The train from DC to Boston was an hour late. After we passed New Haven, the car I was sitting in was two thirds empty. We hit Providence well after midnight, where a few people got on. I was sitting up trying to stay awake. A young man sat two seats in front of me. My attention wandered, and I realized that he was talking to the young woman in front of me.
“You think one of the hostels will be open?’ he asked her.
She wasn’t sure, so I said, “They’ll most likely be closed up at this hour.”
“Will they let me stay in the train station?” he said.
The young woman and I went back and forth on that question, trading opinions as two people will who both know a city pretty well, but who don’t know the exact answer to a specific question. We finally said we thought he’d be better off not trying to stay in the train station. So then he wanted to know, could he stay in the bus station? The young woman and I went back and forth a little bit, and said that would be more likely.
Then it turned out that he wanted to take the train to Maine, but that train doesn’t leave from South Station, so we had to explain to him the difference between North Station and South Station, and how you get from one to the other. He couldn’t quite wrap his head around the fact that one city could have two train stations. Then he went back to whether or not he could spend the night in South Station.
I leaned forward. “Have you ever spent the night in a train station?” I said.
“No,” he said, seemingly surprised that I would even ask.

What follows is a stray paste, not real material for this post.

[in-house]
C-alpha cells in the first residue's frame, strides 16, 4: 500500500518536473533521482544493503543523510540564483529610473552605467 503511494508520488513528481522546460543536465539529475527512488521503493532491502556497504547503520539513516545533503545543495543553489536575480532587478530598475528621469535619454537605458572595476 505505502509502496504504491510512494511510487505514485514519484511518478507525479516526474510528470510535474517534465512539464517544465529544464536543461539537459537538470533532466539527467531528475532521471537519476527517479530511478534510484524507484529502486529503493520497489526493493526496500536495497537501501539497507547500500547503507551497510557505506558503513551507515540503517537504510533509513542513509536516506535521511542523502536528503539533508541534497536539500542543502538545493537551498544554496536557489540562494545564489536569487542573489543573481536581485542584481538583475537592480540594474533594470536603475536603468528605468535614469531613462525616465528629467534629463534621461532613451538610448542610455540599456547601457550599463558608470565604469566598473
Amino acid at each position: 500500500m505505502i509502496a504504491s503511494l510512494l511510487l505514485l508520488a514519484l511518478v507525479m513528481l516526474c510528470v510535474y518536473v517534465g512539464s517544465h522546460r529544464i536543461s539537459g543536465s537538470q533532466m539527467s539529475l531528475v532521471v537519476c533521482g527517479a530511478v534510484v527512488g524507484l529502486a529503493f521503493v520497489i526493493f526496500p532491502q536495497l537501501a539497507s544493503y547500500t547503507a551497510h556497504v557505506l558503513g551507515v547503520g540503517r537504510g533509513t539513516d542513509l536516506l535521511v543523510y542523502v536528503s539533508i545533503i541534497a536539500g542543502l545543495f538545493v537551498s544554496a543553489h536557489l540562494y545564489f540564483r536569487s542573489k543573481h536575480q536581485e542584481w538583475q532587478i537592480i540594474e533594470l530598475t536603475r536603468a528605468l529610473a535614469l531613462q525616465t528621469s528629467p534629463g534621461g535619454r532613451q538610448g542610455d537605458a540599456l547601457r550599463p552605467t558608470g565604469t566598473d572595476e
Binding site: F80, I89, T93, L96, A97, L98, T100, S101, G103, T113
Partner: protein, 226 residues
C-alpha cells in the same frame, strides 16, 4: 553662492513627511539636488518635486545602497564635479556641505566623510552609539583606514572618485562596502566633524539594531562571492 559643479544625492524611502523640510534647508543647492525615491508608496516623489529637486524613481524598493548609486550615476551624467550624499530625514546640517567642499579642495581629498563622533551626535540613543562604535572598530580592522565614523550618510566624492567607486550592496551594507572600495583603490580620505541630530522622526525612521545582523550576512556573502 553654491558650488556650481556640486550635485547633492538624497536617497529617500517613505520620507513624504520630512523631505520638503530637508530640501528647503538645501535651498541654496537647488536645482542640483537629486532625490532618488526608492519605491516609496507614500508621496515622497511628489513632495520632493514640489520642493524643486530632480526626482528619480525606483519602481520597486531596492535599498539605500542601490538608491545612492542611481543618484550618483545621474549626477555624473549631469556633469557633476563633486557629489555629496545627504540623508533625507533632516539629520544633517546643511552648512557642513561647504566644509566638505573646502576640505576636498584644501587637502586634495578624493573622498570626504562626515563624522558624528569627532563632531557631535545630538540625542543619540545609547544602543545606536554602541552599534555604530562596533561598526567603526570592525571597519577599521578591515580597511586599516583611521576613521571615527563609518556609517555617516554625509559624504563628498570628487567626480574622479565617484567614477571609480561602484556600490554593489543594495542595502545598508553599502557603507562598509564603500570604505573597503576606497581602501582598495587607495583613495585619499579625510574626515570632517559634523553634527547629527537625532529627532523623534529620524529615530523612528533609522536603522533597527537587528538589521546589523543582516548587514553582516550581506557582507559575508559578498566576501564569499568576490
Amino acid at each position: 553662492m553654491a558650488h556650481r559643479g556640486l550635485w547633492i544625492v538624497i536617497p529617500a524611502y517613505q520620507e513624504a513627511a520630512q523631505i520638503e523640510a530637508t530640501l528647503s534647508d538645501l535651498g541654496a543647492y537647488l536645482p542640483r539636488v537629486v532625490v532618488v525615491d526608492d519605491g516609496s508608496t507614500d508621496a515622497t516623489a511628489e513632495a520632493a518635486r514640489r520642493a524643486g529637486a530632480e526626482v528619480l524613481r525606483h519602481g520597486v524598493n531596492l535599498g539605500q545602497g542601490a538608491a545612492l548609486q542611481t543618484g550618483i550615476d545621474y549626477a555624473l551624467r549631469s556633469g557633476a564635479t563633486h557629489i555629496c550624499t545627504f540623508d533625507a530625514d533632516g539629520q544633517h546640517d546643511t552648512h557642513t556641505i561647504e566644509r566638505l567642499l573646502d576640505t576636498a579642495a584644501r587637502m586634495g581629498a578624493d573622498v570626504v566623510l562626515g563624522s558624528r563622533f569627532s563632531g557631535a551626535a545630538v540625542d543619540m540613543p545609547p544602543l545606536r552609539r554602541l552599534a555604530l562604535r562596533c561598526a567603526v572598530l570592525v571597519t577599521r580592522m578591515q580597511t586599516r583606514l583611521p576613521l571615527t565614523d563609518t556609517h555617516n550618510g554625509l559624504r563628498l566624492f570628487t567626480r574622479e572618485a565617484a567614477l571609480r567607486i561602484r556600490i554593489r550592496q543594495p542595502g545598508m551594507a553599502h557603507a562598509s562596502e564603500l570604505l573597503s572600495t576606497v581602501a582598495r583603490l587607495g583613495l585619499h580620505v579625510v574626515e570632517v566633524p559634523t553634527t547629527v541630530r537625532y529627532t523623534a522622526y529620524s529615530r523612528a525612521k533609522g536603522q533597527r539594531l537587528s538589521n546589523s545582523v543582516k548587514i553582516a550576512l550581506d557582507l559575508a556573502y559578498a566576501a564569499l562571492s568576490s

“Well, take it from me, if you spend the night in a train station, don’t lie down and go to sleep,” I said, “because if you do, a cop will come around and think you’re some homeless guy and tap you on the feet and tell you to move on.”
He thought about that for a moment. Fortunately, just then the young woman remembered there’s an all-night diner around the corner from South Station. Neither of us could remember just where it was, but we told him that he could ask someone in the station for directions. At that point I realized that if we didn’t warn him, he was going to go around downtown Boston asking questions all night, because he wouldn’t realize that asking innocent questions could get him in trouble.
“I could be wrong,” I said, “but you don’t seem like a city kid to me.” He smiled, and acknowledged that he was not a city kid. “So when you get into the city,” I said, “don’t go asking questions like you’re asking us. Just make up your mind where you’re going, and go there, and try to look like you know exactly what you’re doing.”
“Oh God yeah,” said the young woman. We were pulling in to back Bay Station, and she was standing up to get her luggage. “Don’t trust anyone except us. And maybe you shouldn’t trust us,” she added, grinning at him.
We pulled into South Station at about one o’clock. I walked with him over to some security guards. He asked them where the all-night diner was. He was confident, as if he knew exactly where he was going and what he was doing. They told him. I walked him down to Atlantic Avenue, and showed him the bus station on the right, and where he’d find Kneeland Street and the all-night diner on the left.
I left him, and caught a cab for myself, because the subway stops running at 12:30. I still don’t know quite why he got stuck in downtown Boston at one in the morning. But by now, I’m sure he’s safely in Maine, telling everyone about his adventures in the all-night diner.